Mixing Metal Finishes in the Bathroom

By Kate Riley April 5, 2018

My friends, I always have renovation on my mind, and my attention as turned to my master bathroom. The tile and cabinets are too traditional for my taste so I’m budgeting a remodel. It’s not likely to happen anytime soon but it’s on the horizon.

One detail I’m nuts about in bathrooms is the mixture of metal finishes. While I chose all brass for my tiny powder room refresh last year, I did mix chrome and black in the flip house hall bathroom and also in its master bathroom (to be revealed).

There’s no rule that you have to mix metal finishes in bathrooms (or kitchens), but when you consider the examples below, you’ll be thinking about it in your next bathroom makeover. For example, adding a touch of black to a collection of brass is a very good thing, so is mixing chrome and brass finishes.

To follow are examples of successful pairings and the analytical breakdown demonstrating the principle that mixing metal sheens in the bathroom can (and IMHO should) be done.

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First, you can never go wrong with a medley of brass and black or nickel and black. Both work together beautifully. Notice the mixture of brass light fixtures and hardware with black mirrors. This is a no fail classic combination, regardless of the color of the vanity. One bathroom has brass faucets, the other has black ones that play off the black mirror. Both look amazing.

new darlings

 

little green notebook

Reverse the two, now make the mirror brass and opt for black pulls, fixtures, and faucet. Equally amazing combo.

 

mindy gayer

 

sfgirlbybay

You can also mix the silver tones found in chome/nickel with the warmer tones in brass. These two need not compete, they actually can complement each other. This medley works really well when one finish is shiny (the faucets) and the other finished is brushed (the sconces).

 

greige design

Shiny nickel faucets and sconces + matte brass framed mirrors.

 

studio mcgee

Again, shiny nickel faucets and matte brass hardware and sconces.

 

maison de pax

Copper and steel finishes together? Yep, no problem, notice the copper sconces are shiny the mirror’s frame is a brushed finish. Lovely.

 

amber interiors

Copper and black? Fabulous! It’s just as great a combination as brass and black.

 

design stuff

Black hardware is perfect for light or white cabinets, but not a good choice for black ones since the finish would disappear. On black or dark vanities, metallic tones pop against the dark background, but consider even when choosing gold or silver tones for the hardware, adding a black sconce above to play off the black cabinetry.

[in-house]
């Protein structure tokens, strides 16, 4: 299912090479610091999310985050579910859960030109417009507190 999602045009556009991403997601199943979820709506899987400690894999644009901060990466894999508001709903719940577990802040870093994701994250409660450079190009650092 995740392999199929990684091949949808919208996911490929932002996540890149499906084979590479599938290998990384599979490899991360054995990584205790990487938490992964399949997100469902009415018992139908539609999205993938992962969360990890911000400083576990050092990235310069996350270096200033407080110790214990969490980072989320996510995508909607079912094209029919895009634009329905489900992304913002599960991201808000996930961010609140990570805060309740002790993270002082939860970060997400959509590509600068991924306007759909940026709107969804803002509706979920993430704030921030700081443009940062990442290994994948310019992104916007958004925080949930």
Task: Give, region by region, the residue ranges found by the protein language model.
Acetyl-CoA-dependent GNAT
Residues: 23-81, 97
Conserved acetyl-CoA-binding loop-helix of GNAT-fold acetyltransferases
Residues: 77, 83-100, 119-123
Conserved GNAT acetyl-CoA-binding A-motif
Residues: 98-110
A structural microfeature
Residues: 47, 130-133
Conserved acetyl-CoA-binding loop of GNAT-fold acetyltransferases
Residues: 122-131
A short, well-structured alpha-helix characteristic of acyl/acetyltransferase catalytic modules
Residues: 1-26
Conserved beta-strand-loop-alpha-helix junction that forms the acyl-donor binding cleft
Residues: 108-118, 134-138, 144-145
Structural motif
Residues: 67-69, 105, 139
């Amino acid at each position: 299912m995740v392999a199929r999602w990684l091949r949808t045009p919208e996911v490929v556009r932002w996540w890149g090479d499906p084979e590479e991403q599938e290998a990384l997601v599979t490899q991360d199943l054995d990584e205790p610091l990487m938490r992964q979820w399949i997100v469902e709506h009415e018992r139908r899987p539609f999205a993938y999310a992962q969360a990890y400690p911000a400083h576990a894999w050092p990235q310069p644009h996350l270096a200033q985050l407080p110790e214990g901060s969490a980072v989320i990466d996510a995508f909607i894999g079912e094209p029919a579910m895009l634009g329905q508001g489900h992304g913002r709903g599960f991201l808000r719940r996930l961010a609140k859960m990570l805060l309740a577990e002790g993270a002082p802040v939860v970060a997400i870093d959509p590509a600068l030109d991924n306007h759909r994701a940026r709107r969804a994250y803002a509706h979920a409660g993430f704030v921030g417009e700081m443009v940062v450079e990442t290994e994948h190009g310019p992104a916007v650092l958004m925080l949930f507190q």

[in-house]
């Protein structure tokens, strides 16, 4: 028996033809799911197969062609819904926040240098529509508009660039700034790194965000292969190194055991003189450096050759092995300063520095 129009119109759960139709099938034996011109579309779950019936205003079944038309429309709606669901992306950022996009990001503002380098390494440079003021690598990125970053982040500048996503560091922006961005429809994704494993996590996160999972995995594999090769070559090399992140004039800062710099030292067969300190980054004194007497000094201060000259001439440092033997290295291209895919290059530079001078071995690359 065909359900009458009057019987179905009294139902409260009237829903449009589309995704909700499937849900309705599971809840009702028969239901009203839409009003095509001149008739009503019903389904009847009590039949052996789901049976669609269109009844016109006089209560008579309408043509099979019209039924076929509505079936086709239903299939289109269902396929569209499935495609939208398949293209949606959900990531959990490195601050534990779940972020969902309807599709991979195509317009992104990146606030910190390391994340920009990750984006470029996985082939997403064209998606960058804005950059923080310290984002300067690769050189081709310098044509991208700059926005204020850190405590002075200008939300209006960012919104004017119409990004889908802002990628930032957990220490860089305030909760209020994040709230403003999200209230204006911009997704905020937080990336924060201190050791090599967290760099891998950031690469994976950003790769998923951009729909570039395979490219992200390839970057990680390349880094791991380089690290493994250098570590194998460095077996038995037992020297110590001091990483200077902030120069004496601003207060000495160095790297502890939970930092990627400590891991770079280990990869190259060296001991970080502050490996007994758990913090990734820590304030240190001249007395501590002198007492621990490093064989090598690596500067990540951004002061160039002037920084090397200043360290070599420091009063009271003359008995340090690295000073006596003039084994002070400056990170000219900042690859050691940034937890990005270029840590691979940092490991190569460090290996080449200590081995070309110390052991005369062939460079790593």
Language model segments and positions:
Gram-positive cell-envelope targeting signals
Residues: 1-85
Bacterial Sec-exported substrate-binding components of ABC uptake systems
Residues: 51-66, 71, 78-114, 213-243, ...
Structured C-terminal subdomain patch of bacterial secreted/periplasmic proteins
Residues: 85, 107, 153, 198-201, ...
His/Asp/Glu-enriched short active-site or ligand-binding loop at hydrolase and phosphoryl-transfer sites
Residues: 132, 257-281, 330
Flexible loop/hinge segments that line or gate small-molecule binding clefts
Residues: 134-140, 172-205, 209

elle décor

 

jaclyn peters design

If you’re committed to one finish with your mirrors and faucets, think about adding a different metal into the mix in just one spot. Like a piece of simple jewelry, the brass sconces in these bathrooms are the perfect polished detail. (Also note the brass strip in the shower, a nice touch).

 

via mattandkimrescue

 

studio mcgee

Why be limited to just two finishes when you can be bold and go for three. Live it up!

Notice how both of these bathrooms share nickel faucets and square brass mirrors, but the top bathroom has brass hardware and black finish sconces, whereas the bottom bathroom showcases black hardware and brass sconces. Nickel + brass + black, yes it works.

 

 

brandon architects

Again, same idea, you can mix three finishes but in this bathroom together with the chrome faucets live black mirrors and brass hardware.

 

crowell interiors

And again, see how the brushed nickel bathtub and sink faucets do pair with brass hardware & sconces, and black mirrors and shower frame.

 

sita montgomery interiors

The lesson: don’t be afraid to mix your metal finishes in the bathroom; it makes the space more interesting and prevents the bathroom from feeling too matchy matchy.

What about you? How have you successful mixed metal finishes in your bathroom?

P.S. You may also like sleek single handle kitchen faucets and budget friendly brass lighting.

5 comments

  1. I’m not a big fan of mixing the metals, especially if the contrast is extreme. I prefer a more unified look.

  2. I love the mix of metals. Makes the room more interesting and many designers say to avoid matchy, matchy.

  3. I’m alllll for the contrast – the black + brass/copper/rose gold is always a winner, but I’m not sold on the metal hue + chrome/nickel. that’s always been one of my biggest pet peeves. chrome is *so* stark next to brass, it just looks so out of place. I’m shockingly convinced on the picture with the wooden vanity and nickel sconces/hardware/faucet with the brass mirrors though!! did love the post :)

  4. We can all be such lemmings when it comes to design. Just because “they” say its “okay” and “so now” to mix metals in the bathroom and kitchen when it was never done in traditional rooms doesn’t mean mixing two metals is automatically better than using one, and mixing three is even better. Sensory overload to the point of barf in some cases. Witness the first pic from New Darlings with so many distracting little brass pieces against all white, with the crowning touch of the white subway tile wall with dark grout that looks as though it’s never been cleaned. (In fact any wall anywhere with white subway tile and dark grout ruins the room for me). The Greige Design bathroom is a very lovely different story, however; a visual treat to me, as are the Studio McGee bathrooms and some of the others. Great post for examples on on how to and how not to do it. I’m not against mixing metals, by the way, as I am doing it in my kitchen and am delighted with the way things are turning out.

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